The Shepherd Who Was Slain for His Sheep Is Truly Risen
The gospels for the Fourth Sunday of Easter tell us of the Good Shepherd, and are divided into three parts, giving us a different reading for each year of the lectionary. Today, Monday, we find ourselves at the beginning of chapter 10, being introduced to Jesus, the Good Shepherd. It is a warm welcome to intimacy with Jesus and the Father. What will follow in the larger gospel of John is the raising of Lazarus, the anointing of Jesus by Mary of Bethany, and the entry into Jerusalem. We are close to the Passion where the Good Shepherd lays down his life for his sheep.
This Good Shepherd is described as out in front, leading us. We know it is not to a place. The shepherd leads us in a different sense. If we took the symbol of the Good Shepherd as leading us literally, Jesus would probably not be in front! Sheep follow all over the place, so to speak. They run ahead and wander around the edges, some even go a bit too far – the lost sheep. A Good Shepherd lets the sheep wander a bit because they know what they are looking for, something tasty to munch on or a bit of water. They may be better at finding those things than shepherd himself or herself.
No, our reading introduces us to the one who leads us into a relationship of intimacy. This Shepherd calls his sheep by name; how familiar! He knows them and they know him; they recognize his voice. Our Shepherd is like a gate; we are secure when he is not with us, and the gate opens onto good pasture.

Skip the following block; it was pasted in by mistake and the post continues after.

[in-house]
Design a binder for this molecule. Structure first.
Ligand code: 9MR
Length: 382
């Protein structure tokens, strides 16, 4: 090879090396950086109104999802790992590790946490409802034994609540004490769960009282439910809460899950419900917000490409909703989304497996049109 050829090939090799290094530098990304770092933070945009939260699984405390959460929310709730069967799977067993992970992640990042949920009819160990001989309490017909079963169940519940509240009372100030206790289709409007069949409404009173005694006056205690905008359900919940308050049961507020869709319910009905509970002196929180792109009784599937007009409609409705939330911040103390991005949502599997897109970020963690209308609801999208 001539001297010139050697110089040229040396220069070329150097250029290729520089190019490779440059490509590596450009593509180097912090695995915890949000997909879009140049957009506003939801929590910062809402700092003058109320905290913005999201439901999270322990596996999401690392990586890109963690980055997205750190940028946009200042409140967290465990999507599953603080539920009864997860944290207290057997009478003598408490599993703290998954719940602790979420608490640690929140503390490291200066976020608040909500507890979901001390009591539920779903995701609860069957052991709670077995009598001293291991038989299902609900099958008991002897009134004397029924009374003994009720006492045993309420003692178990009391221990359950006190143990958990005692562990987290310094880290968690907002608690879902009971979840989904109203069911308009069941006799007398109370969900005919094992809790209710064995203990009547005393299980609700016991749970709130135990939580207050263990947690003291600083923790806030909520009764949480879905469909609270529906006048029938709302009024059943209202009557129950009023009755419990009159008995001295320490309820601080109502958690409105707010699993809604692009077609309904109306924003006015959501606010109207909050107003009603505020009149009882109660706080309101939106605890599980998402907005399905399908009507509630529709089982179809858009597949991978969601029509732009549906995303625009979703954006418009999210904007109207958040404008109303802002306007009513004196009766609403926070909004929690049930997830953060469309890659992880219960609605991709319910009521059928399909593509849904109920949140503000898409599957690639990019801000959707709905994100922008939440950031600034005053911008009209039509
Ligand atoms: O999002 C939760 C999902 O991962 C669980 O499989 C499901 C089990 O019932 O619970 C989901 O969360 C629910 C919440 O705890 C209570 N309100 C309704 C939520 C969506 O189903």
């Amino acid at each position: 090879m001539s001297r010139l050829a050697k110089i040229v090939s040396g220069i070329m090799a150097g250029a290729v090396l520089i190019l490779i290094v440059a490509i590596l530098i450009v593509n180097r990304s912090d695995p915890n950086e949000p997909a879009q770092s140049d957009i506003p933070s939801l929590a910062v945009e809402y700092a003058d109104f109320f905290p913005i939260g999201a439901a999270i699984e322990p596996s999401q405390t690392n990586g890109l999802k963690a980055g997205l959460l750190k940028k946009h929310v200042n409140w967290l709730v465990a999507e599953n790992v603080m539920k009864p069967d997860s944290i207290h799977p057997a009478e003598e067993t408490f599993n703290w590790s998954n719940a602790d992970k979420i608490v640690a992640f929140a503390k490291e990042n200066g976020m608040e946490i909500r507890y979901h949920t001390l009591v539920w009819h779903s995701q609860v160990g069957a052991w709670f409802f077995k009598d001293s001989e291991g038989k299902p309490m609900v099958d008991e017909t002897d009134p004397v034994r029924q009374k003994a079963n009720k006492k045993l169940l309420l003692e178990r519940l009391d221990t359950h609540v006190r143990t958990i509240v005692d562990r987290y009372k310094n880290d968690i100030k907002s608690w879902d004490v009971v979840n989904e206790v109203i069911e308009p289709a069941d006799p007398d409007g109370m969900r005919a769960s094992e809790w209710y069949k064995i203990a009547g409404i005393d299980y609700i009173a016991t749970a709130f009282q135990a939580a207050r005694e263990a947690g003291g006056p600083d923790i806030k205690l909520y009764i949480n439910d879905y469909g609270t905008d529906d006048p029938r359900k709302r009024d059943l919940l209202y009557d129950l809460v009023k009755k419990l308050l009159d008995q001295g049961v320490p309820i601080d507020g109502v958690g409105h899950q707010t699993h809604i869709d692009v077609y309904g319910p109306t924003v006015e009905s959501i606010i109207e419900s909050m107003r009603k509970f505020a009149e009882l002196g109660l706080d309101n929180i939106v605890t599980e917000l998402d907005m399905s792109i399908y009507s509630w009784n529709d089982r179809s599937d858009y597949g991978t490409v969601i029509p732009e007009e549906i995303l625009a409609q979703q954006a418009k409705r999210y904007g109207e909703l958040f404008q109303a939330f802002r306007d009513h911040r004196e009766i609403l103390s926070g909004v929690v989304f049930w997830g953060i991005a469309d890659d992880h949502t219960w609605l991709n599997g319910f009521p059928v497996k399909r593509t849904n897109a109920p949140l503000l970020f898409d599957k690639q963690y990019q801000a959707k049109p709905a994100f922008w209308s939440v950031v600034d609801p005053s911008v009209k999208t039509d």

John situates the gospel during the feast of the Dedication as Israel celebrates their deliverance and the rededication of the temple desecrated by Antiochus IV, the story of the Book of Maccabees. Much suffering was inflicted upon the Jewish people. Despite stories of faithfulness and martyrdom, some abandoned their trust and faith in the God of Israel. Remembering those who turned their back upon God who dwelt in the Holy of Holies in the temple, Jesus refers to those who are leading the sheep of the house of David away from the One who is the Way to the Father. Jesus comes to bring the fullness of life to his sheep. There are those who would rob the Sheep of the gift of the Father.
Beautiful as today’s reading is we want more. Can we ever get enough intimacy with those whom we love? John’s gospel continues beyond our reading: “I know my sheep and my sheep know me in the same way that the Father knows me and I know the Father”. When John began his gospel he told us that Jesus was at the Father’s side. Again, not a physical location but so much more. It is intimate love, like a mother holding her nursing baby. We hear the same of the beloved disciple at the last supper. This disciple at Jesus side shares an intimate relationship with Jesus. We are that disciple. As he is one with Jesus, the disciple is also one with the Father, because Jesus is the way to the Father. The intimacy that Jesus knows with the Father is what he gives us. To know Jesus is to know the Father, to be one with Jesus is to be one with the Father through Jesus. The sheep gate opens onto a rich pasture for us, indeed!
“I am the Good Shepherd that lays down his life for his sheep…The Father loves me for this: that I lay down my life to take it up again….My sheep hear my voice….I give them eternal life, and they shall never perish…The Father and I are one”. How do we capture such intimacy?
We all know the holy cards that show a Good Shepherd gently carrying a lamb. As being led to a specified location is not at issue, rather intimacy, so being a lamb is not important really. We are the ones embraced by the Risen One, the Lamb who was slain. He calls us be name, responding to each of us uniquely, as the Risen One does to the people to whom he appears during these Easter days.
To the One seated on the throne, and to the Lamb, be praise, honor and glory and might, forever and ever! Alleluia!
Fr. William Murphy, CP is a member of Immaculate Conception Community in Jamaica, New York.